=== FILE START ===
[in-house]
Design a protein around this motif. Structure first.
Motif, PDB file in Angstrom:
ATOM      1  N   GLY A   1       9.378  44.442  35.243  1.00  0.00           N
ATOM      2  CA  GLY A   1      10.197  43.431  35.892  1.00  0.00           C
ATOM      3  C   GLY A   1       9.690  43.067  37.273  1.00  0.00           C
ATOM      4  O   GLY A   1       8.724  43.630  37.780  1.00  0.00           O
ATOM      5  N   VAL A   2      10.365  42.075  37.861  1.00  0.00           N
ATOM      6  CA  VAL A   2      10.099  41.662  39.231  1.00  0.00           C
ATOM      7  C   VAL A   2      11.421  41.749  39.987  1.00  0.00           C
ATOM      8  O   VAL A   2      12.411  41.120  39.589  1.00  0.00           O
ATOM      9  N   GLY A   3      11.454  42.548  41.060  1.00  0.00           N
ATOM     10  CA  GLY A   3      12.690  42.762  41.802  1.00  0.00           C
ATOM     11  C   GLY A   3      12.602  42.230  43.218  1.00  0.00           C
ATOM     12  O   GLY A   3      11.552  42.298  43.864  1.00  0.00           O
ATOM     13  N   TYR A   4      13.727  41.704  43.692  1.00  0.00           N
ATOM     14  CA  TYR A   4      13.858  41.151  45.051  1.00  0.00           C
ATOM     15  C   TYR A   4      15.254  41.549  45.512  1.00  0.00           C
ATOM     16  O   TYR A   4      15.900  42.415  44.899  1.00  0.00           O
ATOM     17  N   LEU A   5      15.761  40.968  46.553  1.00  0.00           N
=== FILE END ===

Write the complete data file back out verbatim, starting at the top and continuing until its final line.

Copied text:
[in-house]
Design a protein around this motif. Structure first.
Motif, PDB file in Angstrom:
ATOM      1  N   GLY A   1       9.378  44.442  35.243  1.00  0.00           N
ATOM      2  CA  GLY A   1      10.197  43.431  35.892  1.00  0.00           C
ATOM      3  C   GLY A   1       9.690  43.067  37.273  1.00  0.00           C
ATOM      4  O   GLY A   1       8.724  43.630  37.780  1.00  0.00           O
ATOM      5  N   VAL A   2      10.365  42.075  37.861  1.00  0.00           N
ATOM      6  CA  VAL A   2      10.099  41.662  39.231  1.00  0.00           C
ATOM      7  C   VAL A   2      11.421  41.749  39.987  1.00  0.00           C
ATOM      8  O   VAL A   2      12.411  41.120  39.589  1.00  0.00           O
ATOM      9  N   GLY A   3      11.454  42.548  41.060  1.00  0.00           N
ATOM     10  CA  GLY A   3      12.690  42.762  41.802  1.00  0.00           C
ATOM     11  C   GLY A   3      12.602  42.230  43.218  1.00  0.00           C
ATOM     12  O   GLY A   3      11.552  42.298  43.864  1.00  0.00           O
ATOM     13  N   TYR A   4      13.727  41.704  43.692  1.00  0.00           N
ATOM     14  CA  TYR A   4      13.858  41.151  45.051  1.00  0.00           C
ATOM     15  C   TYR A   4      15.254  41.549  45.512  1.00  0.00           C
ATOM     16  O   TYR A   4      15.900  42.415  44.899  1.00  0.00           O
ATOM     17  N   LEU A   5      15.761  40.968  46.553  1.00  0.00           N